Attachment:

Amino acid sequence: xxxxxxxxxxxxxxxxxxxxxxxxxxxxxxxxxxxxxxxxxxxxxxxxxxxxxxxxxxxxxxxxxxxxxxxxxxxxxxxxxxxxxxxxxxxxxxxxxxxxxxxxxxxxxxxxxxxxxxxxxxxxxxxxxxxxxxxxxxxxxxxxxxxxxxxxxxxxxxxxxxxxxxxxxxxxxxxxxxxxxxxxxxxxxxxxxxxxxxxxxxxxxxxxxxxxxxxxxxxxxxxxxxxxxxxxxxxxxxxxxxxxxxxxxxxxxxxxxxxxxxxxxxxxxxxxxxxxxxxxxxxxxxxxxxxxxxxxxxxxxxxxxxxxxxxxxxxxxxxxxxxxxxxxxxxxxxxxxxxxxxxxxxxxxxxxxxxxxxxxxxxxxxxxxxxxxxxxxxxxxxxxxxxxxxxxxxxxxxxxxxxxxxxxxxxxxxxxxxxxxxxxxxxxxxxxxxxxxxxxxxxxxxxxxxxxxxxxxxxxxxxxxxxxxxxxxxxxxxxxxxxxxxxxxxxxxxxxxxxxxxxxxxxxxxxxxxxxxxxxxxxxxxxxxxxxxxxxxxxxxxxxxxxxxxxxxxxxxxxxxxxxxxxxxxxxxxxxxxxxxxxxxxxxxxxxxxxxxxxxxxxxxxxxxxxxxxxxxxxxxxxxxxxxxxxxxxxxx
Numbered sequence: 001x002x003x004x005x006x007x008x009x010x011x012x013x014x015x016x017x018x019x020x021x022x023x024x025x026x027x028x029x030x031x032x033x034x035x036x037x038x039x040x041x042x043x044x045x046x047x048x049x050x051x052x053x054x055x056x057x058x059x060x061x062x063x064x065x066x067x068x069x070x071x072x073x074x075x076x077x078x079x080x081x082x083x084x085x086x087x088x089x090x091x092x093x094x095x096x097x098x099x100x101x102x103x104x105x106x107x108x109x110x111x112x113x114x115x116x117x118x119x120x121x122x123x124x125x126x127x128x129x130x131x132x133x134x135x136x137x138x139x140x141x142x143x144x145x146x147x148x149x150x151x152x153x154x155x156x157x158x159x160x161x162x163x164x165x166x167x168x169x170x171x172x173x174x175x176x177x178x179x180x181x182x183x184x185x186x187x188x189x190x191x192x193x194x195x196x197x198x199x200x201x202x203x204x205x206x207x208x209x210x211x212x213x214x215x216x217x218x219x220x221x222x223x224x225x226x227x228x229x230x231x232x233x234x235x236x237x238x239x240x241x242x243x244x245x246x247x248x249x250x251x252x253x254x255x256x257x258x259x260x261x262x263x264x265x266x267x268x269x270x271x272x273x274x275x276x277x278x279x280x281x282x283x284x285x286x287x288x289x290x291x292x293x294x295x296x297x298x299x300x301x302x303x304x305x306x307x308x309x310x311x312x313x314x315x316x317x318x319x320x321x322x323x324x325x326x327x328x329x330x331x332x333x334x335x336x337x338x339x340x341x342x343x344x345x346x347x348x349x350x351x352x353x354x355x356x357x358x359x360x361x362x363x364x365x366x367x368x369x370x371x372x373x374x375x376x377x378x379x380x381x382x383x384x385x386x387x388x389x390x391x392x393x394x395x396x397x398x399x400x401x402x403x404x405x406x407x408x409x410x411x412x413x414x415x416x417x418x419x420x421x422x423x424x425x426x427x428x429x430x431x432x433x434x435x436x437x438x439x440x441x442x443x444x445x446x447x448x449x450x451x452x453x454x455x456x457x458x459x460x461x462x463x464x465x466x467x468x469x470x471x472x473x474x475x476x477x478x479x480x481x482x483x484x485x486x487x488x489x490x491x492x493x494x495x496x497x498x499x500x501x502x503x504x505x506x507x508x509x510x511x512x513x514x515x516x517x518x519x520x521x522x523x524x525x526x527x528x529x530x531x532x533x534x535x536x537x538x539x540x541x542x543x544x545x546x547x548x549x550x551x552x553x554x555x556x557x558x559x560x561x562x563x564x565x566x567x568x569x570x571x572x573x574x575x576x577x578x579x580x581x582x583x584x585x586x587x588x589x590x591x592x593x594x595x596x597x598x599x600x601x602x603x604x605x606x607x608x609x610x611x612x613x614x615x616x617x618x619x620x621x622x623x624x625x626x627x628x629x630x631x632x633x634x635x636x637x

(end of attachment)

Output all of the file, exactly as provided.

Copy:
Amino acid sequence: xxxxxxxxxxxxxxxxxxxxxxxxxxxxxxxxxxxxxxxxxxxxxxxxxxxxxxxxxxxxxxxxxxxxxxxxxxxxxxxxxxxxxxxxxxxxxxxxxxxxxxxxxxxxxxxxxxxxxxxxxxxxxxxxxxxxxxxxxxxxxxxxxxxxxxxxxxxxxxxxxxxxxxxxxxxxxxxxxxxxxxxxxxxxxxxxxxxxxxxxxxxxxxxxxxxxxxxxxxxxxxxxxxxxxxxxxxxxxxxxxxxxxxxxxxxxxxxxxxxxxxxxxxxxxxxxxxxxxxxxxxxxxxxxxxxxxxxxxxxxxxxxxxxxxxxxxxxxxxxxxxxxxxxxxxxxxxxxxxxxxxxxxxxxxxxxxxxxxxxxxxxxxxxxxxxxxxxxxxxxxxxxxxxxxxxxxxxxxxxxxxxxxxxxxxxxxxxxxxxxxxxxxxxxxxxxxxxxxxxxxxxxxxxxxxxxxxxxxxxxxxxxxxxxxxxxxxxxxxxxxxxxxxxxxxxxxxxxxxxxxxxxxxxxxxxxxxxxxxxxxxxxxxxxxxxxxxxxxxxxxxxxxxxxxxxxxxxxxxxxxxxxxxxxxxxxxxxxxxxxxxxxxxxxxxxxxxxxxxxxxxxxxxxxxxxxxxxxxxxxxxxxxxxxxxxxxxxxx
Numbered sequence: 001x002x003x004x005x006x007x008x009x010x011x012x013x014x015x016x017x018x019x020x021x022x023x024x025x026x027x028x029x030x031x032x033x034x035x036x037x038x039x040x041x042x043x044x045x046x047x048x049x050x051x052x053x054x055x056x057x058x059x060x061x062x063x064x065x066x067x068x069x070x071x072x073x074x075x076x077x078x079x080x081x082x083x084x085x086x087x088x089x090x091x092x093x094x095x096x097x098x099x100x101x102x103x104x105x106x107x108x109x110x111x112x113x114x115x116x117x118x119x120x121x122x123x124x125x126x127x128x129x130x131x132x133x134x135x136x137x138x139x140x141x142x143x144x145x146x147x148x149x150x151x152x153x154x155x156x157x158x159x160x161x162x163x164x165x166x167x168x169x170x171x172x173x174x175x176x177x178x179x180x181x182x183x184x185x186x187x188x189x190x191x192x193x194x195x196x197x198x199x200x201x202x203x204x205x206x207x208x209x210x211x212x213x214x215x216x217x218x219x220x221x222x223x224x225x226x227x228x229x230x231x232x233x234x235x236x237x238x239x240x241x242x243x244x245x246x247x248x249x250x251x252x253x254x255x256x257x258x259x260x261x262x263x264x265x266x267x268x269x270x271x272x273x274x275x276x277x278x279x280x281x282x283x284x285x286x287x288x289x290x291x292x293x294x295x296x297x298x299x300x301x302x303x304x305x306x307x308x309x310x311x312x313x314x315x316x317x318x319x320x321x322x323x324x325x326x327x328x329x330x331x332x333x334x335x336x337x338x339x340x341x342x343x344x345x346x347x348x349x350x351x352x353x354x355x356x357x358x359x360x361x362x363x364x365x366x367x368x369x370x371x372x373x374x375x376x377x378x379x380x381x382x383x384x385x386x387x388x389x390x391x392x393x394x395x396x397x398x399x400x401x402x403x404x405x406x407x408x409x410x411x412x413x414x415x416x417x418x419x420x421x422x423x424x425x426x427x428x429x430x431x432x433x434x435x436x437x438x439x440x441x442x443x444x445x446x447x448x449x450x451x452x453x454x455x456x457x458x459x460x461x462x463x464x465x466x467x468x469x470x471x472x473x474x475x476x477x478x479x480x481x482x483x484x485x486x487x488x489x490x491x492x493x494x495x496x497x498x499x500x501x502x503x504x505x506x507x508x509x510x511x512x513x514x515x516x517x518x519x520x521x522x523x524x525x526x527x528x529x530x531x532x533x534x535x536x537x538x539x540x541x542x543x544x545x546x547x548x549x550x551x552x553x554x555x556x557x558x559x560x561x562x563x564x565x566x567x568x569x570x571x572x573x574x575x576x577x578x579x580x581x582x583x584x585x586x587x588x589x590x591x592x593x594x595x596x597x598x599x600x601x602x603x604x605x606x607x608x609x610x611x612x613x614x615x616x617x618x619x620x621x622x623x624x625x626x627x628x629x630x631x632x633x634x635x636x637x